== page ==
Yes yes yes. I’ll admit it was a wee obvious, but right after this closing scene, I said out loud, “Goddamn, I love this show.” -Vanessa

Boston, MA

Jos Truitt is Executive Director of Development at Feministing. She joined the team in July 2009, became an Editor in August 2011, and Executive Director in September 2013. She writes about a range of topics including transgender issues, abortion access, and media representation. Jos first got involved with organizing when she led a walk out against the Iraq war at her high school, the Boston Arts Academy. She was introduced to the reproductive justice movement while at Hampshire College, where she organized the Civil Liberties and Public Policy Program’s annual reproductive justice conference. She has worked on the National Abortion Federation’s hotline, was a Field Organizer at Choice USA, and has volunteered as a Pro-Choice Clinic Escort. Jos has written for publications including The Guardian, Bilerico, RH Reality Check, Metro Weekly, and the Columbia Journalism Review. She has spoken and trained at numerous national conferences and college campuses about trans issues, reproductive justice, blogging, feminism, and grassroots organizing. Jos completed her MFA in Printmaking at the San Francisco Art Institute in Spring 2013. In her "spare time" she likes to bake and work on projects about mermaids.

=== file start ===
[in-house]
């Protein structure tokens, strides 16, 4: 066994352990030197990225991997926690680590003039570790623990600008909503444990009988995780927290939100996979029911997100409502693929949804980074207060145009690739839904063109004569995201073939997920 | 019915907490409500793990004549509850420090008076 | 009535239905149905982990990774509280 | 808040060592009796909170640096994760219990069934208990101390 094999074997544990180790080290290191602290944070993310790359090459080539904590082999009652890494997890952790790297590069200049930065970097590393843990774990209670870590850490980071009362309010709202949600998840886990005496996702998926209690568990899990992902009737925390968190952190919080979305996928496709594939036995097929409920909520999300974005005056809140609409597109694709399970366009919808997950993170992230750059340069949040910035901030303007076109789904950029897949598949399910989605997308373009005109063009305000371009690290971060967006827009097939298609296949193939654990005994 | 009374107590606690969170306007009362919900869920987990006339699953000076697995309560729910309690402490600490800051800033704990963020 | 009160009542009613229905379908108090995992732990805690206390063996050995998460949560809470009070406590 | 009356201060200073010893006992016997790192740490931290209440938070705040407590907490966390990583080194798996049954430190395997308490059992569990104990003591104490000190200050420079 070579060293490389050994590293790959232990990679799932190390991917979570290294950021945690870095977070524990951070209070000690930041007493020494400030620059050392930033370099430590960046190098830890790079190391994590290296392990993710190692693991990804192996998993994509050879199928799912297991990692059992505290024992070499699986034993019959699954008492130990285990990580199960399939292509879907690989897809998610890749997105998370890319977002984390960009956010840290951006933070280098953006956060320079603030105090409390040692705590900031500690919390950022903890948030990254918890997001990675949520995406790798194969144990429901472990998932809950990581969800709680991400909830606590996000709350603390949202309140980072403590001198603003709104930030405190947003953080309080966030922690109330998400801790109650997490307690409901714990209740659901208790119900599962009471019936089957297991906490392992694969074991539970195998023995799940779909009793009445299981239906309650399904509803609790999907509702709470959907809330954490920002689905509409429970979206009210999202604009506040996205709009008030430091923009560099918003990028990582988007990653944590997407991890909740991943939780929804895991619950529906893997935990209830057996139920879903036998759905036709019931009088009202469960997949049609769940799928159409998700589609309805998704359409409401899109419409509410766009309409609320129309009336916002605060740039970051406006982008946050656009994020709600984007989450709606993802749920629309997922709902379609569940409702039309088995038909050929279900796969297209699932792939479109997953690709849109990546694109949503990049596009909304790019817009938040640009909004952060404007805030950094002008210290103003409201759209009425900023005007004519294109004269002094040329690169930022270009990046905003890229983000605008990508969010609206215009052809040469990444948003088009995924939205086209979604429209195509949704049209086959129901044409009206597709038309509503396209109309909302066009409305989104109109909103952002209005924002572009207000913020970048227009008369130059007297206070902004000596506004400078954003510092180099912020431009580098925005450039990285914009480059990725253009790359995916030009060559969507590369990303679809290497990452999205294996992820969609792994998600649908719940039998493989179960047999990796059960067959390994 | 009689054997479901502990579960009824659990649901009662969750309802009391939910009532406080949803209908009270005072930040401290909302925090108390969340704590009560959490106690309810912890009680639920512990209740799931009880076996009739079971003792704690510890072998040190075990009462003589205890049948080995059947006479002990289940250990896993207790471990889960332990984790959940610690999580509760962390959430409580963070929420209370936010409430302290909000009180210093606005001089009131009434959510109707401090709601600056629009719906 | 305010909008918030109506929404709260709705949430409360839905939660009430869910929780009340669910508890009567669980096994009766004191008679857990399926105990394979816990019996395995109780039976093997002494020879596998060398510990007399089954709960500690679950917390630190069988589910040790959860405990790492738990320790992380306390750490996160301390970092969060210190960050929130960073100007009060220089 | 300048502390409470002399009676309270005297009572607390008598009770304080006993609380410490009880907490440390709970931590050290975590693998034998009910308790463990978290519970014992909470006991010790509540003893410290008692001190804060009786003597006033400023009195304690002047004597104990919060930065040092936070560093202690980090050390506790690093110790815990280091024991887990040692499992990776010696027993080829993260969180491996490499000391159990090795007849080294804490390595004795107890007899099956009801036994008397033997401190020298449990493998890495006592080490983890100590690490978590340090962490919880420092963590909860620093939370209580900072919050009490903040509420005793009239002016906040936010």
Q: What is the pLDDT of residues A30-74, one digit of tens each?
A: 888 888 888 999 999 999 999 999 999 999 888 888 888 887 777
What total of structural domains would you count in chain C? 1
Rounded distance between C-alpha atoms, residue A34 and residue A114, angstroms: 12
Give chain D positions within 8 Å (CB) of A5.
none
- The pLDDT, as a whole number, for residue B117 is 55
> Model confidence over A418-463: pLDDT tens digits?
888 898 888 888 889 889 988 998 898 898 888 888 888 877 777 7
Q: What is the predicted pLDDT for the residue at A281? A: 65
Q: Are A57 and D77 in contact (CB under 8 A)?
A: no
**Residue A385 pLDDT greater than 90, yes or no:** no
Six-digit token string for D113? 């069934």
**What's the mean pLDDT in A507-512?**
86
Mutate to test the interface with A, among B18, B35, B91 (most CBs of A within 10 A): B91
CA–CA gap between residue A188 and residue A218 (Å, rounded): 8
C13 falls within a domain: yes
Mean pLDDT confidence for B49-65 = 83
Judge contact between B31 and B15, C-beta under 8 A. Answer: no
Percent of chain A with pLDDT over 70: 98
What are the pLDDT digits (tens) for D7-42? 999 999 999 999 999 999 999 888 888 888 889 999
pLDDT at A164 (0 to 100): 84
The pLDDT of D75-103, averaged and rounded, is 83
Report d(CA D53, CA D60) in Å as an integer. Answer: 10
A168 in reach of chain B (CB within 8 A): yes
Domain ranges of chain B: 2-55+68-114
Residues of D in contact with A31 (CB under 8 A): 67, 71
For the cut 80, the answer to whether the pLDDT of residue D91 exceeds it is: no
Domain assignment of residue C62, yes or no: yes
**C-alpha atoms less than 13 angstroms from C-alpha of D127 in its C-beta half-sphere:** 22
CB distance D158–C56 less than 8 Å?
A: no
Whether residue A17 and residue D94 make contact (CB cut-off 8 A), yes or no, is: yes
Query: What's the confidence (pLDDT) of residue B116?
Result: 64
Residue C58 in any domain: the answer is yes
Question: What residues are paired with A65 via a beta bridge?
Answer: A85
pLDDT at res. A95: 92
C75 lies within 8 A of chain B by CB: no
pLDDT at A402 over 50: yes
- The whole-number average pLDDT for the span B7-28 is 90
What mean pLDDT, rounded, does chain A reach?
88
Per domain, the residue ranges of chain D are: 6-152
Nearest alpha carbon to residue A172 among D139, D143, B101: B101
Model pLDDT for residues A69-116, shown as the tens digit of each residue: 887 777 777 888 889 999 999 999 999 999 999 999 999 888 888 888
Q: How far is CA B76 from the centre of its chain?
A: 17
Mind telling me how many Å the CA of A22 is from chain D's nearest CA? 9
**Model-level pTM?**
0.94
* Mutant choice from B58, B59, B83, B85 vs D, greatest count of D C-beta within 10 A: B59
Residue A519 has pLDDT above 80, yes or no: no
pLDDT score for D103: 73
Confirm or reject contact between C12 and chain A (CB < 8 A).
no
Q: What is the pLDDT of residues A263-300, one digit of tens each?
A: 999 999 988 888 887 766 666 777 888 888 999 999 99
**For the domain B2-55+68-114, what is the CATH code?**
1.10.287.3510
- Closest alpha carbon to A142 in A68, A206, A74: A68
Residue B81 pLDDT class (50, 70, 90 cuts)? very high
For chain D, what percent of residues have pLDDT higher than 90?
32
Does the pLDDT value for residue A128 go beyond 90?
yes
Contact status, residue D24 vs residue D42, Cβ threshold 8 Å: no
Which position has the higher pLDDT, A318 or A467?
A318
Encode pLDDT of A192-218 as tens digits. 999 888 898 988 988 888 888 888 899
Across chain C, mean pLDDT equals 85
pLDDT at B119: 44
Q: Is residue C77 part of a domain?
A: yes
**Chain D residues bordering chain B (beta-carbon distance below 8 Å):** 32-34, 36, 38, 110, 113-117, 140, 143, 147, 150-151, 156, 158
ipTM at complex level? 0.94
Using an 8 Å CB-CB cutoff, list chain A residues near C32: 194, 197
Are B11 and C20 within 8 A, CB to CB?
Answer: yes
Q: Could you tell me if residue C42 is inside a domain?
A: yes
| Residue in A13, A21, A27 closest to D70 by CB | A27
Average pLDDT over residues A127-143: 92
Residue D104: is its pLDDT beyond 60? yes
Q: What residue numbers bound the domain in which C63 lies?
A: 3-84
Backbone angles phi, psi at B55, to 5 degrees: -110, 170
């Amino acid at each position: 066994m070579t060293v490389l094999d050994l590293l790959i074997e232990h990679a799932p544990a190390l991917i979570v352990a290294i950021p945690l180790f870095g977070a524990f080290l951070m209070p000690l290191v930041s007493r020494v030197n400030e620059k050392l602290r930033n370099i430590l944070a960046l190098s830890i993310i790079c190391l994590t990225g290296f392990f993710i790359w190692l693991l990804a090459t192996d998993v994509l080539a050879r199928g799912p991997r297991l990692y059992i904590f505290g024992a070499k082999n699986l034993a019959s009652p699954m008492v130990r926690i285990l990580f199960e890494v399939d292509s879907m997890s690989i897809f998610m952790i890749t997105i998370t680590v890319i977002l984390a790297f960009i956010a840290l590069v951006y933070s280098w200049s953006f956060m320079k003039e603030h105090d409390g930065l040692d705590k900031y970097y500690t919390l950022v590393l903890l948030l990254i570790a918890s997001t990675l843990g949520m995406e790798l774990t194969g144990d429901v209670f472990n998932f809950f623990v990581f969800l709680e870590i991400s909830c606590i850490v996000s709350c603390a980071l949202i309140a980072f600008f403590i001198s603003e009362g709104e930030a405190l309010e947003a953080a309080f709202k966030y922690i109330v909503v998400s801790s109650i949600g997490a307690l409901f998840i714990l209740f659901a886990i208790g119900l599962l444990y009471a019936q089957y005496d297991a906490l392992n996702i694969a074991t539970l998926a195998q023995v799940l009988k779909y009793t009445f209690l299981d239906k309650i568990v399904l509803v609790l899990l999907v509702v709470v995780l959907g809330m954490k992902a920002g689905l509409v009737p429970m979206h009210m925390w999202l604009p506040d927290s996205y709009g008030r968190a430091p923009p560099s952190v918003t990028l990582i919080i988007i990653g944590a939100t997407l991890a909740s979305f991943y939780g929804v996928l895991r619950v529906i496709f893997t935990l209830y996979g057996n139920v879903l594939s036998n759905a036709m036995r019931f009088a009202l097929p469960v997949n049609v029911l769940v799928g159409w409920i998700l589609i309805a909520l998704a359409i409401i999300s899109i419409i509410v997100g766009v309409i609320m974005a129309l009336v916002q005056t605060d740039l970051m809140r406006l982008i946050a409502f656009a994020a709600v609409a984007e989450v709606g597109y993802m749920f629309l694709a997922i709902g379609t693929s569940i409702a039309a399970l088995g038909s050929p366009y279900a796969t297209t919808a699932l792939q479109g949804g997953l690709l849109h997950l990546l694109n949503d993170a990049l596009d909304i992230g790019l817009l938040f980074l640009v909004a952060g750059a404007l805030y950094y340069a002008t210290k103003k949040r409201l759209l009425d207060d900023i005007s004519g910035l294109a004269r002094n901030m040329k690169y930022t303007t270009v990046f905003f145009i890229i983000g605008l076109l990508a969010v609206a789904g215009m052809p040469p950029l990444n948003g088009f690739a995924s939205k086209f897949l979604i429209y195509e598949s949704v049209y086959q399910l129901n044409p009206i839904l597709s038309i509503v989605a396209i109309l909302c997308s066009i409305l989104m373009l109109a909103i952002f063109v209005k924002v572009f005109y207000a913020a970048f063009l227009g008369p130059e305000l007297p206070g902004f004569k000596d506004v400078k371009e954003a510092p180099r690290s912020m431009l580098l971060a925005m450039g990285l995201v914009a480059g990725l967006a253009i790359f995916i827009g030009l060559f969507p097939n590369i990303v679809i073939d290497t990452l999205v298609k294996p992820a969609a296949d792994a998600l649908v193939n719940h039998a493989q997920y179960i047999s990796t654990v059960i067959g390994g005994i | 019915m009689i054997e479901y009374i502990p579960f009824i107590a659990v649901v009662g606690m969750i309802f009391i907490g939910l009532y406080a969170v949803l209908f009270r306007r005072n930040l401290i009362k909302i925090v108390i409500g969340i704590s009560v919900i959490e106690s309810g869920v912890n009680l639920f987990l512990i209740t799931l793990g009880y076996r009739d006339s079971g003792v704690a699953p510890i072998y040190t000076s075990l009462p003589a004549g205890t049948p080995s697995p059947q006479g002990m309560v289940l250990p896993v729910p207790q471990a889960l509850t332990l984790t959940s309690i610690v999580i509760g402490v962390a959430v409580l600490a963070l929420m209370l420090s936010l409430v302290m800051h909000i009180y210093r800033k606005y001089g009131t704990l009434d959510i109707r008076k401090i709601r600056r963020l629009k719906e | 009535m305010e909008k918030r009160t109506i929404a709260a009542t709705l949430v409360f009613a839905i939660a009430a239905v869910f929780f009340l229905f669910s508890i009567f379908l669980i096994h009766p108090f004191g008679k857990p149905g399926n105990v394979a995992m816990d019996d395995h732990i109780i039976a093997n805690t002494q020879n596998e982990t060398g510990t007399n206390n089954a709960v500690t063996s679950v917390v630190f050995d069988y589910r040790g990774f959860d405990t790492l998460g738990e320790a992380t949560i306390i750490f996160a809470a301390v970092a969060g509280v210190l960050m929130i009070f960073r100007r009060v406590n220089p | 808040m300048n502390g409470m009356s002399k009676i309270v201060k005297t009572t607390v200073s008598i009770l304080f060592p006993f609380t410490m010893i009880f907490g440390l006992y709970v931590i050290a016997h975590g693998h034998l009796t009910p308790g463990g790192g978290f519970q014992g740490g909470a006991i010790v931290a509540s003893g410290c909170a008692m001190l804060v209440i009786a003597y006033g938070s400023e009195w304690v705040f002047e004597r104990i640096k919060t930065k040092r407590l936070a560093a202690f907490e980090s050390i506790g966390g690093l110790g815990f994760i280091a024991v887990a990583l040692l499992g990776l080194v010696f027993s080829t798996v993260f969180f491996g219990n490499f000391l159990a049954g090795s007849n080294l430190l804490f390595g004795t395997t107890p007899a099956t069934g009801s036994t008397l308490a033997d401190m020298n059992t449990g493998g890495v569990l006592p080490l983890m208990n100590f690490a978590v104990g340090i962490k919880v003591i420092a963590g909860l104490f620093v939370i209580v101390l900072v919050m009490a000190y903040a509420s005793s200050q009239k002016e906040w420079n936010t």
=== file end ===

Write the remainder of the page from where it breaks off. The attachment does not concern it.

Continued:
Jos Truitt is an Executive Director of Feministing in charge of Development.